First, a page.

There's an old saying that goes something like "be careful what you ask for - you might just get it."
We continuously get asked about teamwork and how to make ABA teams more collaborative, cohesive and successful. In my last post, Are we a team yet?, I broached this subject - fully aware that I hadn't even begun to provide enough of an answer. From the feedback I got, it's clear the community is well aware of the issue and is starving for answers.
So I thought back on my own experience with my son's ABA program. We started it when he was about 3, with a newly qualified BA (there were few to choose from back then - 2001 if I recall correctly). We scrounged some people together and shelled out for a full-day crash course in ABA and off we went. Over the years many people came and went - I'd estimate 15-20 different team members and at least 6 different BA's over the 14 years we ran some semblance of an ABA program. Sometimes the team worked well together, other times it didn't. I looked through notes (yes I still have a shelf full of binders) and correlated them against the times I remember him succeeding versus struggling, both at home and in school. Was there one critical factor that made the most difference?
I have good news. I found an answer. Before I tell you though, a warning: you might not like it very much. That's because we all secretly hope for that magical answer that is simple and easy and obvious once it's been pointed out to us. Those are rare (here's one exception: the 5 second rule for procrastination; it really works); and I'm sad to say this is not one of those. It may seem obvious at first glance - so obvious you will think to yourself "oh OK, we'll just do that". And you will start to do it, and it might help for a bit. But if you don't embrace it fully and deeply it will stop working.
So my precaution is this: if you really want to create a high functioning team that is inspired to achieve great results - whether this is your ABA team or some other team - consider this point and find every possible way to apply it, everywhere. Not just in the team but everywhere. One of my favourite personal slogans (please tell me if you know who said it first) is, "how you do anything is how you do everything." So if you really want to apply this principle, apply it to every aspect of your life with unending persistence; infinite patience.
Nevertheless, here it is:
That's it. Simple, right?
Only on the surface; only when things are going well. It's when things start to go sideways (which they will) that it gets harder. That's when you need to dig deep and really believe that this is the glue that will ultimately hold your team together and help them, individually and collectively, to be the best that they can be in pursuit of supporting your child. Never stop believing that (with rare exceptions) they are there because they truly want to make a positive and lasting difference in that child's (and your) life. Your job, whether you are a parent or BA or team lead (or anyone for that matter) is to bring out the best in everyone else.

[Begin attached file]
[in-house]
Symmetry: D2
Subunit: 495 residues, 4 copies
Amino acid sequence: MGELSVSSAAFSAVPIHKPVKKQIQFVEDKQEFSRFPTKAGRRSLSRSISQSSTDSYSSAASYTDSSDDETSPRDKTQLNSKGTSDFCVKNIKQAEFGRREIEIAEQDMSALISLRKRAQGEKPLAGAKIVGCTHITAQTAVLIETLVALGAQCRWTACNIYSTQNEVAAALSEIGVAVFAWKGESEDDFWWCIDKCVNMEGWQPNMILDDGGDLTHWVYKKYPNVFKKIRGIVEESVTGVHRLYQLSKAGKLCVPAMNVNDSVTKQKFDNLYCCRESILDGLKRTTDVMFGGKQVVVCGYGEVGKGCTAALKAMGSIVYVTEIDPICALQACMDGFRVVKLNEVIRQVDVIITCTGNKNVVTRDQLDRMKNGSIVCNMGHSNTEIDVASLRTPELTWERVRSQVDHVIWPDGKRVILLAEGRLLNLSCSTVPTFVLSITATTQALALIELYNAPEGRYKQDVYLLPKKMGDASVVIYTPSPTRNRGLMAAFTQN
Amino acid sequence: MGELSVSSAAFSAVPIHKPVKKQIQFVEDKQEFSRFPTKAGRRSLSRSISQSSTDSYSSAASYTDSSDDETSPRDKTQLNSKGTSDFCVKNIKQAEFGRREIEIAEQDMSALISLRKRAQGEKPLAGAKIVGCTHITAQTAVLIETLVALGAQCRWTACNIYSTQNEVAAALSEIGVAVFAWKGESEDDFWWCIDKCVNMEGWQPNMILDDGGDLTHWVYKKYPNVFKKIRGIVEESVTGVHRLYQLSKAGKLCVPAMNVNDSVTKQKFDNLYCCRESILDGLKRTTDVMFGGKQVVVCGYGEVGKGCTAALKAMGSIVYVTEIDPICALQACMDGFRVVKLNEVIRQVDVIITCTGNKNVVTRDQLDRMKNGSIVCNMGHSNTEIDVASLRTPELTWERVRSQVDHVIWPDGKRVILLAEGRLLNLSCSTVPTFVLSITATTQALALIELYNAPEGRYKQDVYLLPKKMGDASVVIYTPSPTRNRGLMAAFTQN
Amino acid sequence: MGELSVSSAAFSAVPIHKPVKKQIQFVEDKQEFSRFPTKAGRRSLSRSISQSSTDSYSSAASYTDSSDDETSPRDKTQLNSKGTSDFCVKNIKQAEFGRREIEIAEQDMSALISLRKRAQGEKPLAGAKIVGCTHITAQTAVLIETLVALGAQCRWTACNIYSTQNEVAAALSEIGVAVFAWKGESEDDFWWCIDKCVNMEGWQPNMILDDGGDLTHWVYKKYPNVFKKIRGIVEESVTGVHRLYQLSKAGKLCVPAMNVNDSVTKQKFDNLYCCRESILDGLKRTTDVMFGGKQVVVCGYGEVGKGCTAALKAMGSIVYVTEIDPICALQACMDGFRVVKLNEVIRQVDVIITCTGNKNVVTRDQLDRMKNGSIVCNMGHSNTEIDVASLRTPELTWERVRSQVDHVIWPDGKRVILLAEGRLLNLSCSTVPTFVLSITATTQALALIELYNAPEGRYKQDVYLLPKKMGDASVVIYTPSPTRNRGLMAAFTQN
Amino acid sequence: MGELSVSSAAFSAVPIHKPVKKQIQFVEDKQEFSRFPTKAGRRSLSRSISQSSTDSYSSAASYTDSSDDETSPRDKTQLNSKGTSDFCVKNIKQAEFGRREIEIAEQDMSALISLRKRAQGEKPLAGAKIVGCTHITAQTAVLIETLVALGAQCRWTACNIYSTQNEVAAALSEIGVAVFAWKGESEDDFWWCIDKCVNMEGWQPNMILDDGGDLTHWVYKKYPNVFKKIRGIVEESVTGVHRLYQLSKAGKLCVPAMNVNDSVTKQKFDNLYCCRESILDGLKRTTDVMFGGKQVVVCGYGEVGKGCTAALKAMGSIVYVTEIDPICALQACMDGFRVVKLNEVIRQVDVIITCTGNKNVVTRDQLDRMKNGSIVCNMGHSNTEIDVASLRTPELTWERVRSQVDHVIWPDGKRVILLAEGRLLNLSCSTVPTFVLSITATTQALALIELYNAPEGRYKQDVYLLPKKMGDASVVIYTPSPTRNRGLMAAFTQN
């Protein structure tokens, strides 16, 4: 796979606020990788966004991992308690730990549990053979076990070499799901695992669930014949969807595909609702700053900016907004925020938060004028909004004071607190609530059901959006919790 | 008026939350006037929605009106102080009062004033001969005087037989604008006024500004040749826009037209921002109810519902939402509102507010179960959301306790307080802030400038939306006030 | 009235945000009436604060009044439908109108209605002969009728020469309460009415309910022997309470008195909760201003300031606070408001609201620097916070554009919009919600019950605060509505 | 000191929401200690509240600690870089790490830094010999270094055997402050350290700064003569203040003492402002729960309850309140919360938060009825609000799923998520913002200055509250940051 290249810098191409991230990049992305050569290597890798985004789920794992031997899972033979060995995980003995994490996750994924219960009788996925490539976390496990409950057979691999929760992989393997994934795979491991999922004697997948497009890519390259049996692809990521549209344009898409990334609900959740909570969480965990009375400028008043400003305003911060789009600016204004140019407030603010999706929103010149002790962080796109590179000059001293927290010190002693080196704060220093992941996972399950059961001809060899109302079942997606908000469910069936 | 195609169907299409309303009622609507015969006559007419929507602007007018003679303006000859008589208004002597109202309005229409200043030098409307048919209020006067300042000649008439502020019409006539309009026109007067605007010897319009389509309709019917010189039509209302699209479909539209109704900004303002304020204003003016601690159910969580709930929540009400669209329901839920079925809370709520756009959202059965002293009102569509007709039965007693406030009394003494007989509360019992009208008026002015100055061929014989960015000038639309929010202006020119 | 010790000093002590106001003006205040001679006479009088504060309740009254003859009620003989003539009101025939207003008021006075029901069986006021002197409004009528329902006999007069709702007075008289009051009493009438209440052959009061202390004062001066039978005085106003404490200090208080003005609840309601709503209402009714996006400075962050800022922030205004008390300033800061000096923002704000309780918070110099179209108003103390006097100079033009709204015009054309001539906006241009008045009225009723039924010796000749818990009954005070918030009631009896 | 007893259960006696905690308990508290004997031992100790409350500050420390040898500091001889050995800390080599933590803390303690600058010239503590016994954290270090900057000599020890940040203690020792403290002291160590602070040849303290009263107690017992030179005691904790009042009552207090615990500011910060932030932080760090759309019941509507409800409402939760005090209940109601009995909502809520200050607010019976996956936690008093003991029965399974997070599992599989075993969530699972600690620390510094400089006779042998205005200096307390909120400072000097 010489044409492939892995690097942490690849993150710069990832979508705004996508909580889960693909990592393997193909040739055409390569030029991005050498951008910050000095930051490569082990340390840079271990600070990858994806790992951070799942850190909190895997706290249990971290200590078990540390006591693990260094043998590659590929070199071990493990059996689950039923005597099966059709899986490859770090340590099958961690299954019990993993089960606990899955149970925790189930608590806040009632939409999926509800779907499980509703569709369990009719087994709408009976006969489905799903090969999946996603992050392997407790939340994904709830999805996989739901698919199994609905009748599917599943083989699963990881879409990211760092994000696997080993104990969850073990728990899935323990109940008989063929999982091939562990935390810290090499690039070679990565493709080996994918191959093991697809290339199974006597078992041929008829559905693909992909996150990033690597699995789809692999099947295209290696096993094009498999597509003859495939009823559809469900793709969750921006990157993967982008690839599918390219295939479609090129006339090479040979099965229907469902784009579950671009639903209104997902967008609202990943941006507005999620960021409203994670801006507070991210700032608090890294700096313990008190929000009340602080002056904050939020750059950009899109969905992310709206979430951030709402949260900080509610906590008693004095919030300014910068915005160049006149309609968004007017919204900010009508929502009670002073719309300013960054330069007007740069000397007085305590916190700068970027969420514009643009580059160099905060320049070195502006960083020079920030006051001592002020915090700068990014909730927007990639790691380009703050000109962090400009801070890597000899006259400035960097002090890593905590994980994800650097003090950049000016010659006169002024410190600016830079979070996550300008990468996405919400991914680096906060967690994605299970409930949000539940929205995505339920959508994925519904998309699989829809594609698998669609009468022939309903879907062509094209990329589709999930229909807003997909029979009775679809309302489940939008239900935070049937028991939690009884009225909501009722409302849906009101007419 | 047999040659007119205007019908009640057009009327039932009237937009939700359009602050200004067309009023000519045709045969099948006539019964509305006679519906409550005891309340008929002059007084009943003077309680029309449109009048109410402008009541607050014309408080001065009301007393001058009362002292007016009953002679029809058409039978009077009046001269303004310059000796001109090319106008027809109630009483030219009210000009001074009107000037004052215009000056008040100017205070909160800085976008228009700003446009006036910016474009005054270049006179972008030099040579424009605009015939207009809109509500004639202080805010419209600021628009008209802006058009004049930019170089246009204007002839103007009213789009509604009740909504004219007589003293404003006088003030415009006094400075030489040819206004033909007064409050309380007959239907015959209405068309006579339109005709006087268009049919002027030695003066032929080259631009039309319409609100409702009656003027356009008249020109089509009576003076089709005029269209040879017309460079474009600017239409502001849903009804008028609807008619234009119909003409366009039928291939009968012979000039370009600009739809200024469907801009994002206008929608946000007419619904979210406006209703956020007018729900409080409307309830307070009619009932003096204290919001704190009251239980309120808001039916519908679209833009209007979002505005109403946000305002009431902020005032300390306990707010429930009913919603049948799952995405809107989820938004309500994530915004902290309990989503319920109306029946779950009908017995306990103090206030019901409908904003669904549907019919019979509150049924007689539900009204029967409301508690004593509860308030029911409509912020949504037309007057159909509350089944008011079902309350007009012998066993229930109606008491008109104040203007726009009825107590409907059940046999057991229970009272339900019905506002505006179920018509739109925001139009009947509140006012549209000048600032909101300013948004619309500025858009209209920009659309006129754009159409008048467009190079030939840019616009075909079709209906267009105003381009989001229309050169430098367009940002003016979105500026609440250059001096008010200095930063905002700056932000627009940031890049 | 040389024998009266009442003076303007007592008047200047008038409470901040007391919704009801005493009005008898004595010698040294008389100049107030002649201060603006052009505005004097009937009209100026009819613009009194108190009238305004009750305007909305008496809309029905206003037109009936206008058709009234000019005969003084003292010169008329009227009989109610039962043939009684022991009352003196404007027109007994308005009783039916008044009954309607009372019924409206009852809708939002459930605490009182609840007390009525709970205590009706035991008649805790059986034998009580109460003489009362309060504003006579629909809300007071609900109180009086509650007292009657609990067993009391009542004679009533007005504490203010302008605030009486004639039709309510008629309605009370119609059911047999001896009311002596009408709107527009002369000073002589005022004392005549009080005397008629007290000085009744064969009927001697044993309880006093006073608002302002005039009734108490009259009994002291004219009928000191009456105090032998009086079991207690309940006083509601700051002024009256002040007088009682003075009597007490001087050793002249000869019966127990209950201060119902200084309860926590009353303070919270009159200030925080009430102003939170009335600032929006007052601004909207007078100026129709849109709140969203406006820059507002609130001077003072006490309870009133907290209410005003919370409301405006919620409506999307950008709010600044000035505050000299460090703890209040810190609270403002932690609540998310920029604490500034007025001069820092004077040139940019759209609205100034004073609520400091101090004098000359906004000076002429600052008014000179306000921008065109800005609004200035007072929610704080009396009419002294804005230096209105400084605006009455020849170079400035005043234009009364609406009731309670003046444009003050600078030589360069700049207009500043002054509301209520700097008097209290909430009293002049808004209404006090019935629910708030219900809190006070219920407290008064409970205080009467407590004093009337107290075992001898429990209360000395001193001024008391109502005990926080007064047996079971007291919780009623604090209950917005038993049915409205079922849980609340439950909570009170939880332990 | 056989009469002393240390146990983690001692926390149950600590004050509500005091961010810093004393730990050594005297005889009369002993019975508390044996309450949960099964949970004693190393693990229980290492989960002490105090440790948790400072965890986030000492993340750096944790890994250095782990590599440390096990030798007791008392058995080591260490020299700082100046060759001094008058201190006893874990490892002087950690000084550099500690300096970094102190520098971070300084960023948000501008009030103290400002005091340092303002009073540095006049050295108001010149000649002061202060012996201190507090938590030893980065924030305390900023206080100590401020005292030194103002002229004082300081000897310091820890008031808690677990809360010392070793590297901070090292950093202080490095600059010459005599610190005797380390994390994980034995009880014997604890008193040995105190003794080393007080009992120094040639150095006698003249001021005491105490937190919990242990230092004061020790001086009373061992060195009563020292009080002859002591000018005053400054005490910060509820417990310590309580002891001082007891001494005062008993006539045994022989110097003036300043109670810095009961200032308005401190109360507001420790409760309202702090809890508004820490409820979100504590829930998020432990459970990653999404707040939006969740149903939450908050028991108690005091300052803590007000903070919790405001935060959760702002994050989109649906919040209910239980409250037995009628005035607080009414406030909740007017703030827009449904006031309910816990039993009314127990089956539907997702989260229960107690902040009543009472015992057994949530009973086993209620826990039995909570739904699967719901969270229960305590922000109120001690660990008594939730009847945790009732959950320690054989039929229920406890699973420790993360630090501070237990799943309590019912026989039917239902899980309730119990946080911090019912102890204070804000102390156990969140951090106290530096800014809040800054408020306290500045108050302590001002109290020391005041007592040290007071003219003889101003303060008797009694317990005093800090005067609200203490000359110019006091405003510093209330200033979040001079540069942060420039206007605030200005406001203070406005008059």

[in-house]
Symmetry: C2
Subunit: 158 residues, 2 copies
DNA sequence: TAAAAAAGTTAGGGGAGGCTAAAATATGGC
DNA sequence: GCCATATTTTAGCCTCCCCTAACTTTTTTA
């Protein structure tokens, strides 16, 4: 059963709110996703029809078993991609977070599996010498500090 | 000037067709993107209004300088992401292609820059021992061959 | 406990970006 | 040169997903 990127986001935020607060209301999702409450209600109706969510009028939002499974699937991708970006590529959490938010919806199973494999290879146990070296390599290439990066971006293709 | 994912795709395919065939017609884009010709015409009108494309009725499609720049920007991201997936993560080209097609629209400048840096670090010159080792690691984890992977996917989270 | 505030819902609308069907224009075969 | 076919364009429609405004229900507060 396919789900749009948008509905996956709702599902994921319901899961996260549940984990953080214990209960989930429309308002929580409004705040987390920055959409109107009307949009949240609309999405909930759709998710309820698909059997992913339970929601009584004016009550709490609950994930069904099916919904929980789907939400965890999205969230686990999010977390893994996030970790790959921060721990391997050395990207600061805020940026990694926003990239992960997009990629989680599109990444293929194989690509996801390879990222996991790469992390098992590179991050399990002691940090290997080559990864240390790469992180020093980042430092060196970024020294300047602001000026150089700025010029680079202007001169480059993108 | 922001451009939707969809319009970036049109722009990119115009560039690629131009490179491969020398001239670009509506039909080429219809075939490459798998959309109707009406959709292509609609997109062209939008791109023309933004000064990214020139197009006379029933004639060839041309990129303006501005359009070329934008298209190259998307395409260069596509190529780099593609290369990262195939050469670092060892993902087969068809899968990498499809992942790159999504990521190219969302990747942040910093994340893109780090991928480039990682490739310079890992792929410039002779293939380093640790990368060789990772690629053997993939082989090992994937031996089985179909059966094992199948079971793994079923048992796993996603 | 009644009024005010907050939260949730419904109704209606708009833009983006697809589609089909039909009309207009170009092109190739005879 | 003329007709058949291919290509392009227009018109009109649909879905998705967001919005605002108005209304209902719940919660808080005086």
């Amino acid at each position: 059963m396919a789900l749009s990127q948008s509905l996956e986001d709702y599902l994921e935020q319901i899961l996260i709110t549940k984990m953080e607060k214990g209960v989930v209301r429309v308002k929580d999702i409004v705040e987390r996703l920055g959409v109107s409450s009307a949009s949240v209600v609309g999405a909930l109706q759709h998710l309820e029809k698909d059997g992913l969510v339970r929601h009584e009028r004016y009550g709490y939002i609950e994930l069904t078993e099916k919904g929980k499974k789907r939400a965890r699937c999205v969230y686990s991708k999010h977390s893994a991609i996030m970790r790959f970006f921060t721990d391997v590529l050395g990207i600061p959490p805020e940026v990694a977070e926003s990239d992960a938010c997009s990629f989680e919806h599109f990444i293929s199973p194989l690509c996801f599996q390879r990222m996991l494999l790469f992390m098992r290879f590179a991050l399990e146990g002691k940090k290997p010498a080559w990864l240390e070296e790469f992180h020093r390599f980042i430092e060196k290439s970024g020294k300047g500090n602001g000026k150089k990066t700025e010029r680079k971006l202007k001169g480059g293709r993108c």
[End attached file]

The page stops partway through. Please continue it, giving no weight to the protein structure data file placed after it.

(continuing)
This the part in my story where I pause to reflect on the natural irony that children with autism, who naturally struggle to relate to others, are the ones to teach us how.
It's not news that communication is key to teamwork. This is why coaches talk to their players between periods; why players talk to each other on the ice or bench (sorry for my hockey bias, happy 150 Canada!); or why being good at coding doesn't make you a good software engineer. We are all part of a team at one point or another. And yet, our communication is rarely as effective as it could be. For the most part this is OK; most of us get by perfectly fine with average communication skills.
Perhaps it's because we are working with an autistic child whose natural way of thinking and communicating is so foreign to us, that our own communication skills need to be better than average to be effective at all. It needs to be structured, disciplined, consistent, and - as I mentioned earlier - respectful.
Let's break down what each of those means in practice.
Back in 2001, most people didn't have a cell phone and email tended to be hit-or-miss. Today you can pop a team meeting into your favourite Calendar app and send it to everyone's phone, but back then we had to pre-plan everything more carefully. Still, even today, it's important that everyone knows in advance how, when, and how often communication is expected. Some examples:
- All BIs meet at Stacy's house every second Tuesday from 7pm-8pm.
- Make an entry in the communications binder (if you're still using them; not judging!) at the end of every session
- If you have a question about any of the protocols, call Amanda.
In other words, don't just wing it.